Look Closer


Champagne Lady

The following quote is borrowed from the Facebook page of Mark Rashid. From Colorado, Mr. Rashid is an internationally known horse trainer and the author of many books on the subject. While this refers to horses, similar thoughts could be applied to any pet or animal that we have in our lives.

What Do You See?

“I am not your therapist.

I am not sports equipment

I am not a chair

I am not a doll

I am not a vehicle

I am not your child

I am not a toy

Look again. What do you see?”

Reading this made me think about how often we bring an animal into our lives for what they can do for us rather than for what we can do for them. While many animals do provide invaluable services to and for people, how many of us truly believe that they have value beyond this? How many animals have performed their duties for which they were trained, only to be discarded when they were no longer able to do so? From the dog trained for the military or law enforcement, to the racehorse, to the show animal, to the family pet, how many animals when they become too old and inconvenient or are no longer needed, are disposed of because they are no longer of any use to us?

To their admirable credit, many men and women who have worked with service dogs in the military refuse to leave them behind when their tour of duty is done. Many have fought long and hard to bring their canine companions home with them to live out their lives. Law enforcement dogs are often retired with their handlers, and when they pass are treated with the same honor and respect as any other officer. Most pet owners who have had their pets for many years are committed to them until the end. But there are also many senior pets sitting in shelters simply because no one wanted to put up with their disabilities as they aged, as there are horses sent to auction because they can no longer be ridden or worked or shown. Do they not deserve to live out their lives in peace and relative comfort for the love and service they have provided? Do they not have value just for who they are rather than for what they can do? I think that’s what the author of What Do You See? is asking us to consider.

Photo of Champagne Lady was taken at the Black Hills Wild Horse Sanctuary, a place where you can appreciate animals just for who they are.

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7 Comments on “Look Closer”

  1. Melissa Keir Says:

    This is important. I would love to take in every senior or abandoned pet that I see. Unfortunately, I can’t. I have held a rat who is laboring for his last breath and cleaned up after a cat who was having seizures and bathroom issues. We have a local place that takes in animals to care for that can’t be released. These were once wild animals who were imprinted on humans for one reason or another…or animals that are too injured to live on their own. Now they serve a new purpose..they go out and educate others.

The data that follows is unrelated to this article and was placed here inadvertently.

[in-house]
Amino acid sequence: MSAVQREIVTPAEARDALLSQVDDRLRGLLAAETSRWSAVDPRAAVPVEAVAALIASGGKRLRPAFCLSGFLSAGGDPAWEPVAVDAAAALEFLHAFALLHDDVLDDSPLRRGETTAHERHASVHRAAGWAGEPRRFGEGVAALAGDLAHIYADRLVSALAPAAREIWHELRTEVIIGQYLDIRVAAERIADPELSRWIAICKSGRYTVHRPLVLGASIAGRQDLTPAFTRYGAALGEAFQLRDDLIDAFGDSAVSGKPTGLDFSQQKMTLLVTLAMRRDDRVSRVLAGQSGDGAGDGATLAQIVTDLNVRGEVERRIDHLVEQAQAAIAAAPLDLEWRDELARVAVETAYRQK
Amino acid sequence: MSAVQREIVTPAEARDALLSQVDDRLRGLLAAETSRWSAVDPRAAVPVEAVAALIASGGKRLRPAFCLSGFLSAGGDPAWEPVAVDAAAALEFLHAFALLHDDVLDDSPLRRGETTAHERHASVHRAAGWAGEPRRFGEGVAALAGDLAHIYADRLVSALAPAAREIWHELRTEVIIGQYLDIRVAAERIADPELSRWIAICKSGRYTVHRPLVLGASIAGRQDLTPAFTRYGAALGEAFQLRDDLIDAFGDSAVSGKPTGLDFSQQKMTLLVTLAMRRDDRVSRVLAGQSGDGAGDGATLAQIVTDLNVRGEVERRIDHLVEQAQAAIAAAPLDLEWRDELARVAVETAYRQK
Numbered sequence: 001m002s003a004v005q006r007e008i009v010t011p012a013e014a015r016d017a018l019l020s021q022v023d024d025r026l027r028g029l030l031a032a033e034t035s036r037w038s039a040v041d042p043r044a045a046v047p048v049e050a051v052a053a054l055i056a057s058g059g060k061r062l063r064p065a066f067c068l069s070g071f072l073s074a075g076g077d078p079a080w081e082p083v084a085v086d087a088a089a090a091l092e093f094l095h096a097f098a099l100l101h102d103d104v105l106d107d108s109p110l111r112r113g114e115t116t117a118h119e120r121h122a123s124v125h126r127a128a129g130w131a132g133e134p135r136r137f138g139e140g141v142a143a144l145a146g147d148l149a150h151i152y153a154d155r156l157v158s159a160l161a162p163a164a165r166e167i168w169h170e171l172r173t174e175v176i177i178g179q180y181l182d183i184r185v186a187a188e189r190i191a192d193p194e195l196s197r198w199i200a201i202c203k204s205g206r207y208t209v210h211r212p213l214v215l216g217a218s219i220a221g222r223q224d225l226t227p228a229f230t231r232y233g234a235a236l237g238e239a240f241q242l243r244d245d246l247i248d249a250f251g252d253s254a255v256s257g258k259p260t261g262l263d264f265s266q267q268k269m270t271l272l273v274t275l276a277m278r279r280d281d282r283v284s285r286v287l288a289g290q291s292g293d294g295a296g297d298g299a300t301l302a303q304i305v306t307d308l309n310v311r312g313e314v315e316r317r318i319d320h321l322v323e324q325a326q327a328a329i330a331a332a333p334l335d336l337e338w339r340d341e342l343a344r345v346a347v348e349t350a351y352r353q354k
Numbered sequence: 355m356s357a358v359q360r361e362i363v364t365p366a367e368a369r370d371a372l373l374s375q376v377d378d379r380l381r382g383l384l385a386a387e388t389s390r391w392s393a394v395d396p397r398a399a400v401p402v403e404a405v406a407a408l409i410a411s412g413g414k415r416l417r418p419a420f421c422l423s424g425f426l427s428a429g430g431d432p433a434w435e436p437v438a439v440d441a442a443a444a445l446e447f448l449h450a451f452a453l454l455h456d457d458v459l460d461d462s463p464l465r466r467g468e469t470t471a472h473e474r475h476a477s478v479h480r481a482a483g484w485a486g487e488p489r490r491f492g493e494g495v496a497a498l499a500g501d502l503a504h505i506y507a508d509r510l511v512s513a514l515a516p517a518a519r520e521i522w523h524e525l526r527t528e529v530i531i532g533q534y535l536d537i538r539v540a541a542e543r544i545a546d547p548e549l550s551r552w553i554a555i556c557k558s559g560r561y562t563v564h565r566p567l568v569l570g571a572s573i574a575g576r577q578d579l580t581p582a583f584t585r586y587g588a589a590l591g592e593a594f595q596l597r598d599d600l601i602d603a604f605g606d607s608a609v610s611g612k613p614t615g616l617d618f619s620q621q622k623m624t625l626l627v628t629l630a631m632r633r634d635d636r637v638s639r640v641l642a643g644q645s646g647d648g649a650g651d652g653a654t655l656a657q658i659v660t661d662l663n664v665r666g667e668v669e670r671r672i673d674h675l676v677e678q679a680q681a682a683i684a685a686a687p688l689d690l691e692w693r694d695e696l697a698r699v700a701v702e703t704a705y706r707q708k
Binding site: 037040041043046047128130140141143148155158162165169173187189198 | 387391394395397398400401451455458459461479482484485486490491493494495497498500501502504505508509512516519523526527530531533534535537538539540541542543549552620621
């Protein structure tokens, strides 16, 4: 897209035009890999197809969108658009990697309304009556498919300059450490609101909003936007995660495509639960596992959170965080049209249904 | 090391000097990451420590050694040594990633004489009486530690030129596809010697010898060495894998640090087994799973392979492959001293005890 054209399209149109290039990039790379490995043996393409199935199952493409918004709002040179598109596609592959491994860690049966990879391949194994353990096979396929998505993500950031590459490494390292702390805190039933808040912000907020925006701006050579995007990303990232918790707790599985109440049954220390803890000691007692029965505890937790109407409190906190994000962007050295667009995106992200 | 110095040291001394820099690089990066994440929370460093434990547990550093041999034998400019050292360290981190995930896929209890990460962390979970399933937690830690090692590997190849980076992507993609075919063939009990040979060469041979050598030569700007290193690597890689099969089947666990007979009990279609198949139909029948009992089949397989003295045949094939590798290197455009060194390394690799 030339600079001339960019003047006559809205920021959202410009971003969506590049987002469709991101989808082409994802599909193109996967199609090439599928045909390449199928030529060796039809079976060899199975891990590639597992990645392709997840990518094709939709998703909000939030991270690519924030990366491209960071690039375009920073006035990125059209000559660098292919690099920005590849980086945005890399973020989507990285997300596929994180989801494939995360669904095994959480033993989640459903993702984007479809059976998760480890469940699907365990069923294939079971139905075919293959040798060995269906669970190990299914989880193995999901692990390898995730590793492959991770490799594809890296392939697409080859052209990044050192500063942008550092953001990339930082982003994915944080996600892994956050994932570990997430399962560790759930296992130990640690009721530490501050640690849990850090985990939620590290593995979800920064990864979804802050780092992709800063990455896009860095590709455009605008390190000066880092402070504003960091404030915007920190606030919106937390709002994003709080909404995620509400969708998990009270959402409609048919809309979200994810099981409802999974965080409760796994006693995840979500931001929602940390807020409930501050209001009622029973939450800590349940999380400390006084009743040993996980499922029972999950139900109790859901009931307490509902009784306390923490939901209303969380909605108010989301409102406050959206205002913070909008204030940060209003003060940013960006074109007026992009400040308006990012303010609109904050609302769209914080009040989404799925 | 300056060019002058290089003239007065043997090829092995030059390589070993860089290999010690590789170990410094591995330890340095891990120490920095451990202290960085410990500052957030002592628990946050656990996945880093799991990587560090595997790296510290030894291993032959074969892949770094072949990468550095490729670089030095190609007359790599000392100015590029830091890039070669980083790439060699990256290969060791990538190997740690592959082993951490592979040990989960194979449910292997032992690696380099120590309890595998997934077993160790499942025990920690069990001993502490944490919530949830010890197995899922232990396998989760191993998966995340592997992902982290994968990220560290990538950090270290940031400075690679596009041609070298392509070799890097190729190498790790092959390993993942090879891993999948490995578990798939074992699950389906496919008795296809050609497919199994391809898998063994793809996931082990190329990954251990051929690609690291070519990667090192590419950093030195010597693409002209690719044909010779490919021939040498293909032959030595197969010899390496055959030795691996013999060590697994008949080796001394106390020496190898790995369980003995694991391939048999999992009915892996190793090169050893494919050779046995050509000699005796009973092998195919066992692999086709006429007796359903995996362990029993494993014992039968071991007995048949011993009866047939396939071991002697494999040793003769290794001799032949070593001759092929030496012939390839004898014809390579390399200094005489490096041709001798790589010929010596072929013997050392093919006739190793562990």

2. marissoule Says:

    Thanks, Lucy, for both the quote and your comments. I can’t imagine abandoning an animal who has lived with me, been my companion and maybe my protector simply because that animal is old or no longer useful. My dogs and cats have become family and I always mourn their passing.

  3. I know what you mean about wanting to give a home to so many older pets, but there is only room for so many pets in any one home. I have a 16 year old cat that has been with us since he was a kitten. His days are waning and it’s hard to make the decision as to when we should help him leave because he’s ill, but I simply can’t imagine dumping him at a shelter because I can’t face what needs to be done. That’s great there is a shelter for wild animals that gives them a new purpose.

  4. Diane Burton Says:

    My daughter’s family have adopted only dogs from shelters. One they adopted recently was an 8 (?) year old BIG dog with a big tumor who had been abandoned. He is such a well-behaved dog (not feral,at all) that he must have had good training. After paying for surgery to remove the slow-growing cancerous tumor, he is doing well. My daughter said they wanted him to have a good home to live out the rest of his life. I really admire them for taking a chance on this animal and giving him a loving family. This 120+ lb dog can easily be led on a leash by my 5 yo grandson.

  5. That is so kind they were willing to help an older dog in need, and he’s repaying them by being a good companion. I think most rescue pets know they’ve been saved.

  6. margohoornstra Says:

    Many of our cats and dogs have been rescues too. By and large, they are so grateful, they are a joy to take care of.

  7. I do think they realize you’ve given them a second chance. The two cats we have that were literally rescued from the streets as kittens are the two most sociable and loving cats we’ve ever had.

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